With all the talk about how to stimulate it, you’d think that the economy is a giant clitoris.... The immediate challenge...is how best to get the economy engorged and throbbing again.
The joke works, too, if the economy were a giant penis. Either way, politicians' desire to stimulate our economic lives is the politics of the pimp, a $1200 come-on from the Wall Street john. For most of us struggling in the middle classes, all this economic stimulation will produce at best fleeting pleasure, consumerist titillation, climaxed at the cash register, and usually ending there. To be sure, $1200 is not nothing, which is what we would otherwise get, what we usually get. But is that what we really want? Will such consumerist titillation change anyone's lives?
Even if this stimulation works and gets the economy throbbing again, the politicos' obsession with the consumerist fetish doesn't begin to address deeper questions:
- Does economic growth really make us wealthier?
- Does it make our world better?
- Does it make us happier?
2) Even if our politicians won't connect the economy to the environment, many people, especially in places like Santa Barbara, are now beginning to realize that a stimulated, throbbing economy predicated largely on the dizzying production and consumption of stuff ain't natural. Global economic growth, especially in China and India, is stretching resources and stressing the planet. Choose your Armageddon: peak oil or global warming. Rather than addressing the question of sustainability, politicians can only think to provoke our consumerist fetish in order to stimulate unsustainable economic growth.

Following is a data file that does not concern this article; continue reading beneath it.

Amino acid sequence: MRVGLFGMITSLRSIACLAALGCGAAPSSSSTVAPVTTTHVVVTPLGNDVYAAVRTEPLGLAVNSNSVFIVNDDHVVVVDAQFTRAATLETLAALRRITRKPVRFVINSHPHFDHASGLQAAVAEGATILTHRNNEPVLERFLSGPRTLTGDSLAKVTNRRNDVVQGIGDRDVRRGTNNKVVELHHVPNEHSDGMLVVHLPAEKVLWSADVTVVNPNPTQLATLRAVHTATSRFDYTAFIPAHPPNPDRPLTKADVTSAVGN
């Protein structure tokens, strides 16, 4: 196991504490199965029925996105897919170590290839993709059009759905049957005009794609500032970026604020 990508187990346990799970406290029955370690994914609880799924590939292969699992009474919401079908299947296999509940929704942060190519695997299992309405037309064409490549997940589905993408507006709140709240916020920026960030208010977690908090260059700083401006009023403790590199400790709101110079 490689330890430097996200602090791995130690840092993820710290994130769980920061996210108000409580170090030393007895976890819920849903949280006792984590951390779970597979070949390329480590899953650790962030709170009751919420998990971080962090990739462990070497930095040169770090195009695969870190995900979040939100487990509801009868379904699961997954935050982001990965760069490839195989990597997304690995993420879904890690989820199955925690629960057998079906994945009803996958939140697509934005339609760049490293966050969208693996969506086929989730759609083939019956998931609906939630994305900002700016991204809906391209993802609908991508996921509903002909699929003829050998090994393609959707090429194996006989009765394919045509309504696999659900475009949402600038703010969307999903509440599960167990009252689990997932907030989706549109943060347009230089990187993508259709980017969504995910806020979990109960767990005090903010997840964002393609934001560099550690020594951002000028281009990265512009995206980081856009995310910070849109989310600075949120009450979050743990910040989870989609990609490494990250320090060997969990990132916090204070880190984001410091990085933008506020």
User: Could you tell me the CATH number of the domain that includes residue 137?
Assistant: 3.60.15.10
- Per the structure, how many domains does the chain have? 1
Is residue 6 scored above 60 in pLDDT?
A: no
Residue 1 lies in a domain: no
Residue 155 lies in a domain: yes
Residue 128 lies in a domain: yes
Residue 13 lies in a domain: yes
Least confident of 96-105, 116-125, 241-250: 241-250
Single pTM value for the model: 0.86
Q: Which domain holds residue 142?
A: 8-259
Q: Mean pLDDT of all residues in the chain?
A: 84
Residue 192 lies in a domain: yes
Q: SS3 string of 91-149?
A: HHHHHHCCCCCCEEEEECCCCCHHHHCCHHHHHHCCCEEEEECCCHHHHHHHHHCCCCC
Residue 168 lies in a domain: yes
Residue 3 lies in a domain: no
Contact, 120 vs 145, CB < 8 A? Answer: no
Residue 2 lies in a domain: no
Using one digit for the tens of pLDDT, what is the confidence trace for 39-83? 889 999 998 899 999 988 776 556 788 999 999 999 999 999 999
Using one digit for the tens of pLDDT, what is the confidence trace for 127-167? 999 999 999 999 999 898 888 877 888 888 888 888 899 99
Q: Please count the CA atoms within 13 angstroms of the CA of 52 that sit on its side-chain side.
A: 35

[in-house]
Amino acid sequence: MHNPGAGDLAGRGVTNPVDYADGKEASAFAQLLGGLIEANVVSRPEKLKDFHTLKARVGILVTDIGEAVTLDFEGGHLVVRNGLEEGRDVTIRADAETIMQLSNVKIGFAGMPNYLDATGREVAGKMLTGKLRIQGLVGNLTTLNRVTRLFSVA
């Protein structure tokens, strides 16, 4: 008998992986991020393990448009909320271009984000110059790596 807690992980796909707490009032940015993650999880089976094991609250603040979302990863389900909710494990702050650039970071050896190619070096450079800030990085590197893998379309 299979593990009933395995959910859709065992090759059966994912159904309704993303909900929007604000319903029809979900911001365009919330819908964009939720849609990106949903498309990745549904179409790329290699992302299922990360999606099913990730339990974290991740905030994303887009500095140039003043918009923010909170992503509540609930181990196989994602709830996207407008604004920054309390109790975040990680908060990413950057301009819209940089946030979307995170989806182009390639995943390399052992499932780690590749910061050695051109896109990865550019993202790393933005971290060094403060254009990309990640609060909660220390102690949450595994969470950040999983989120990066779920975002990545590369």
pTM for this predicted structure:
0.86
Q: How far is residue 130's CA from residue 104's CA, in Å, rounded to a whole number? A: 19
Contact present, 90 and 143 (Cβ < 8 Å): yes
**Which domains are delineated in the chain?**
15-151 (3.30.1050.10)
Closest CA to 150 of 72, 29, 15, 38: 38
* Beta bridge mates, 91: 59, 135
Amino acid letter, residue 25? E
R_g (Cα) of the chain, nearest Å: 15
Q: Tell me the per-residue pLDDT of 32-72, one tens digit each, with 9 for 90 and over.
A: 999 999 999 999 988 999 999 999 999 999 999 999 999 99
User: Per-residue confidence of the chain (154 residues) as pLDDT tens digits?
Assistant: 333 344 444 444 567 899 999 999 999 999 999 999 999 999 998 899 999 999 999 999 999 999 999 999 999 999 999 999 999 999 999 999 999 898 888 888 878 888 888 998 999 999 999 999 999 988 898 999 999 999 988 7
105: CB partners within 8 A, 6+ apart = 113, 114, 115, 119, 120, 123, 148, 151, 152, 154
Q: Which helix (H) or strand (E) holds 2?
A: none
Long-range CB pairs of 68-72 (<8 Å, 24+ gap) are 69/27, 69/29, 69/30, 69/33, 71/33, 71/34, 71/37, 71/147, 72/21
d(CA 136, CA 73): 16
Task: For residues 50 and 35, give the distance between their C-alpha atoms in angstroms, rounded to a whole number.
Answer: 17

3) Finally, fortunately, is the question of happiness. As Bill McKibben argues with grace and hope, "the more we nurture the essential humanity of our economy, the more we will recapture our own." He advocates sustainable, local economies, that value connections to people rather than wealth as the source of human happiness. Why work so hard for money if it doesn't make us happy? Why destroy the environment if there's no happiness in it? Why do we focus on our consumerist fetish when what we really want is so much bigger and more human?
I'm not advocating that our leaders do nothing to prevent recession or depression. I also have to struggle to feel the hope promised by local economies in some murky, idealistic, post-apocalyptic future. I'm not sure what the answers are. But I'm not turned on by stimulating economic growth or tricked by the john's promise of $1200.